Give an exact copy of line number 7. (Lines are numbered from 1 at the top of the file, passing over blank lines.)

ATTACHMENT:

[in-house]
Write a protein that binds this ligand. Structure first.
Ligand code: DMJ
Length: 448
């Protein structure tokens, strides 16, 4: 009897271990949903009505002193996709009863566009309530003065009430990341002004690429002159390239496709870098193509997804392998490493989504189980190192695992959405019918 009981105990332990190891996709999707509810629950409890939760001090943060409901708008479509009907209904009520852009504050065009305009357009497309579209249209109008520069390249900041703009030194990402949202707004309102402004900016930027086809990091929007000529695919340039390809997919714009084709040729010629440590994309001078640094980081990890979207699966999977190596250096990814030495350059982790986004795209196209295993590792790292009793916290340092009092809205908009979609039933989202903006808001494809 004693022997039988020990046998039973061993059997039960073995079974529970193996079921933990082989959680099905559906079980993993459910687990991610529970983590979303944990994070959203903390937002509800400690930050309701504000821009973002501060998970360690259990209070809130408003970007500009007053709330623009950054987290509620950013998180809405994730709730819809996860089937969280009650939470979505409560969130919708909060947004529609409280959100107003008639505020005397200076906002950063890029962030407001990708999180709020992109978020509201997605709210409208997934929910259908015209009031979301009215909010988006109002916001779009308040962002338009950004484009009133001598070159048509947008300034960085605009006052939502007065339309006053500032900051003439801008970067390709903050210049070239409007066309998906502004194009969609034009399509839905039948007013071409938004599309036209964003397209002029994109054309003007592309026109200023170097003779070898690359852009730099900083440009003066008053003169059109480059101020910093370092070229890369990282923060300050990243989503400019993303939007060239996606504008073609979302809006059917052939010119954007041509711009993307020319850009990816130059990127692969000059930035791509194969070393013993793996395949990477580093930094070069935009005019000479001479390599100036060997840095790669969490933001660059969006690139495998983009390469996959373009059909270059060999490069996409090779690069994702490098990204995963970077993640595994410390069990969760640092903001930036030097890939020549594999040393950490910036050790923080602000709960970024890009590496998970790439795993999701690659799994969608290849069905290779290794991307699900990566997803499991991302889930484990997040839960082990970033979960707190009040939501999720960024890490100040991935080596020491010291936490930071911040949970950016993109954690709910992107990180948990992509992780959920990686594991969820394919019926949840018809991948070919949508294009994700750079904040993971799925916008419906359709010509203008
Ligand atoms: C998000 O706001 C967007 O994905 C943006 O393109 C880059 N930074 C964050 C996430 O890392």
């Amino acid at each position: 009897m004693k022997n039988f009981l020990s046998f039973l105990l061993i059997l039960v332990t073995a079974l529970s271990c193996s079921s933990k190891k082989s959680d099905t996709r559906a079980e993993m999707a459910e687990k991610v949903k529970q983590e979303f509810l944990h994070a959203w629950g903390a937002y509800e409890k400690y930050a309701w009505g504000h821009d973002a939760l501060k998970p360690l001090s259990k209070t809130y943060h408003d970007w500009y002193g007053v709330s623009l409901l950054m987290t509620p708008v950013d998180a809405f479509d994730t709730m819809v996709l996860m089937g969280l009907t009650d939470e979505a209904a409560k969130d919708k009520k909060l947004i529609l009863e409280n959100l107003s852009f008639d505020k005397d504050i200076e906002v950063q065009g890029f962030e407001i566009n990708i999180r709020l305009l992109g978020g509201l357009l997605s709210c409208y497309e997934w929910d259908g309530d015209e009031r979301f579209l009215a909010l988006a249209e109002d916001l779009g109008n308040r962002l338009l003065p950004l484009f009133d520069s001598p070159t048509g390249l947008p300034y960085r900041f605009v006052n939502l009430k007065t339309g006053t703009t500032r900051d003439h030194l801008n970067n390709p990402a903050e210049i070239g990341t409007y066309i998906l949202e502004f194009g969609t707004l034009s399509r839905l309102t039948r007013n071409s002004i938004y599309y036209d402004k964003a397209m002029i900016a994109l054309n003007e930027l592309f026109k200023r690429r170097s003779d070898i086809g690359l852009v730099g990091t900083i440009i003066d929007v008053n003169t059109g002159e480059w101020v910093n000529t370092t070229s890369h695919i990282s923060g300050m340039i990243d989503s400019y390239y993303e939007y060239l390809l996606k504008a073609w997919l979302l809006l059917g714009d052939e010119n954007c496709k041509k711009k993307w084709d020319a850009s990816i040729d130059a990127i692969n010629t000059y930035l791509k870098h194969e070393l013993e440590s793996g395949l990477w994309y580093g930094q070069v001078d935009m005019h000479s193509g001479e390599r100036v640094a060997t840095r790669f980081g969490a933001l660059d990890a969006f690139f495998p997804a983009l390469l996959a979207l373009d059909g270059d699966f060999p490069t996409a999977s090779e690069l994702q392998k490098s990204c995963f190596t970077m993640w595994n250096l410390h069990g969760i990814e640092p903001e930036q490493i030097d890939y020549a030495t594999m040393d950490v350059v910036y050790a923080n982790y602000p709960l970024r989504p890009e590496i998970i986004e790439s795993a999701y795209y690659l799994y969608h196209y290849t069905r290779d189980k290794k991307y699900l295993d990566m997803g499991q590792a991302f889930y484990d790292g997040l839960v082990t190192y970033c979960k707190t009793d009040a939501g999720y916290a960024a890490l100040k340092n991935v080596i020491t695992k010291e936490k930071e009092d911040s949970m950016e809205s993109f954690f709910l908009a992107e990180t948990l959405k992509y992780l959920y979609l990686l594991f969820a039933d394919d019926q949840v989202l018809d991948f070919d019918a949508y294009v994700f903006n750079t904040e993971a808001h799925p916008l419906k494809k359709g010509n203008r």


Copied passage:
């Amino acid at each position: 009897m004693k022997n039988f009981l020990s046998f039973l105990l061993i059997l039960v332990t073995a079974l529970s271990c193996s079921s933990k190891k082989s959680d099905t996709r559906a079980e993993m999707a459910e687990k991610v949903k529970q983590e979303f509810l944990h994070a959203w629950g903390a937002y509800e409890k400690y930050a309701w009505g504000h821009d973002a939760l501060k998970p360690l001090s259990k209070t809130y943060h408003d970007w500009y002193g007053v709330s623009l409901l950054m987290t509620p708008v950013d998180a809405f479509d994730t709730m819809v996709l996860m089937g969280l009907t009650d939470e979505a209904a409560k969130d919708k009520k909060l947004i529609l009863e409280n959100l107003s852009f008639d505020k005397d504050i200076e906002v950063q065009g890029f962030e407001i566009n990708i999180r709020l305009l992109g978020g509201l357009l997605s709210c409208y497309e997934w929910d259908g309530d015209e009031r979301f579209l009215a909010l988006a249209e109002d916001l779009g109008n308040r962002l338009l003065p950004l484009f009133d520069s001598p070159t048509g390249l947008p300034y960085r900041f605009v006052n939502l009430k007065t339309g006053t703009t500032r900051d003439h030194l801008n970067n390709p990402a903050e210049i070239g990341t409007y066309i998906l949202e502004f194009g969609t707004l034009s399509r839905l309102t039948r007013n071409s002004i938004y599309y036209d402004k964003a397209m002029i900016a994109l054309n003007e930027l592309f026109k200023r690429r170097s003779d070898i086809g690359l852009v730099g990091t900083i440009i003066d929007v008053n003169t059109g002159e480059w101020v910093n000529t370092t070229s890369h695919i990282s923060g300050m340039i990243d989503s400019y390239y993303e939007y060239l390809l996606k504008a073609w997919l979302l809006l059917g714009d052939e010119n954007c496709k041509k711009k993307w084709d020319a850009s990816i040729d130059a990127i692969n010629t000059y930035l791509k870098h194969e070393l013993e440590s793996g395949l990477w994309y580093g930094q070069v001078d935009m005019h000479s193509g001479e390599r100036v640094a060997t840095r790669f980081g969490a933001l660059d990890a969006f690139f495998p997804a983009l390469l996959a979207l373009d059909g270059d699966f060999p490069t996409a999977s090779e690069l994702q392998k490098s990204c995963f190596t970077m993640w595994n250096l410390h069990g969760i990814e640092p903001e930036q490493i030097d890939y020549a030495t594999m040393d950490v350059v910036y050790a923080n982790y602000p709960l970024r989504p890009e590496i998970i986004e790439s795993a999701y795209y690659l799994y969608h196209y290849t069905r290779d189980k290794k991307y699900l295993d990566m997803g499991q590792a991302f889930y484990d790292g997040l839960v082990t190192y970033c979960k707190t009793d009040a939501g999720y916290a960024a890490l100040k340092n991935v080596i020491t695992k010291e936490k930071e009092d911040s949970m950016e809205s993109f954690f709910l908009a992107e990180t948990l959405k992509y992780l959920y979609l990686l594991f969820a039933d394919d019926q949840v989202l018809d991948f070919d019918a949508y294009v994700f903006n750079t904040e993971a808001h799925p916008l419906k494809k359709g010509n203008r």